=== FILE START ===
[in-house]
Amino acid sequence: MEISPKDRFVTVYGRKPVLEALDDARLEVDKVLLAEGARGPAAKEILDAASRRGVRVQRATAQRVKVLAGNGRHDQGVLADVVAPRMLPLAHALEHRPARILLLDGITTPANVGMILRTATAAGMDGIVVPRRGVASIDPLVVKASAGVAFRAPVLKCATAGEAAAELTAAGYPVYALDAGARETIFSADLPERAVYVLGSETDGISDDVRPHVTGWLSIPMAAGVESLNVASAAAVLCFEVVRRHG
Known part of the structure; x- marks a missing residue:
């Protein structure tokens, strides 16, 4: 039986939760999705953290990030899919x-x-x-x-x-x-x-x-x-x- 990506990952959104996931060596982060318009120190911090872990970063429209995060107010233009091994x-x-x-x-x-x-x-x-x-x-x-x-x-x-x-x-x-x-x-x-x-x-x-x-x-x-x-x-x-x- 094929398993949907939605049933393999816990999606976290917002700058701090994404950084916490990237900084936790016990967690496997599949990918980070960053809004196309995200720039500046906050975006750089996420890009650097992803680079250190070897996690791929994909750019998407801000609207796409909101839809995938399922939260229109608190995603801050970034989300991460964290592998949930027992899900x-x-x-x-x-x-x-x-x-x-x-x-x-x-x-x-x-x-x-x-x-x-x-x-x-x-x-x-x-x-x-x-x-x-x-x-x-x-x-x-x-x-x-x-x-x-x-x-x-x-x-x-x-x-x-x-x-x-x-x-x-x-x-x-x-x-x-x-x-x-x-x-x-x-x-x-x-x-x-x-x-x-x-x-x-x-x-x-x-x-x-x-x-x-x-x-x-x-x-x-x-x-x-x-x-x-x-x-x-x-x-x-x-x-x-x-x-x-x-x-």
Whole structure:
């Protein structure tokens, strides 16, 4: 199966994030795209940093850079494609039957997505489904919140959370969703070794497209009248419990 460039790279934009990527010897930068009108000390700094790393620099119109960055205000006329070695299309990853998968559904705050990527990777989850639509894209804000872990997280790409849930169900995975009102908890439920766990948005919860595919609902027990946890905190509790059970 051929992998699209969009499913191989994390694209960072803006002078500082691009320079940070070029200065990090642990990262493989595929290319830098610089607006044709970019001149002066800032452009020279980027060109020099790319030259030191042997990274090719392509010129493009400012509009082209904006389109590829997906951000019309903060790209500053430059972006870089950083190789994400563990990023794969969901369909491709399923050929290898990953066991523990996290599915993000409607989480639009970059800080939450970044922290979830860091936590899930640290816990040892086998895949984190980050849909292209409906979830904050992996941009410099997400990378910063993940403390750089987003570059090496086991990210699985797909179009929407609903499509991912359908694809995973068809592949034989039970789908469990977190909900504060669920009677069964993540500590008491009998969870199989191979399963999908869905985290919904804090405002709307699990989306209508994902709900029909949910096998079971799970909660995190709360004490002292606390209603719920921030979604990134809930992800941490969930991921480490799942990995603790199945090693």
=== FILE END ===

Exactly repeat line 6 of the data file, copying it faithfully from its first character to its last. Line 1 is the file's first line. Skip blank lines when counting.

């Protein structure tokens, strides 16, 4: 199966994030795209940093850079494609039957997505489904919140959370969703070794497209009248419990 460039790279934009990527010897930068009108000390700094790393620099119109960055205000006329070695299309990853998968559904705050990527990777989850639509894209804000872990997280790409849930169900995975009102908890439920766990948005919860595919609902027990946890905190509790059970 051929992998699209969009499913191989994390694209960072803006002078500082691009320079940070070029200065990090642990990262493989595929290319830098610089607006044709970019001149002066800032452009020279980027060109020099790319030259030191042997990274090719392509010129493009400012509009082209904006389109590829997906951000019309903060790209500053430059972006870089950083190789994400563990990023794969969901369909491709399923050929290898990953066991523990996290599915993000409607989480639009970059800080939450970044922290979830860091936590899930640290816990040892086998895949984190980050849909292209409906979830904050992996941009410099997400990378910063993940403390750089987003570059090496086991990210699985797909179009929407609903499509991912359908694809995973068809592949034989039970789908469990977190909900504060669920009677069964993540500590008491009998969870199989191979399963999908869905985290919904804090405002709307699990989306209508994902709900029909949910096998079971799970909660995190709360004490002292606390209603719920921030979604990134809930992800941490969930991921480490799942990995603790199945090693």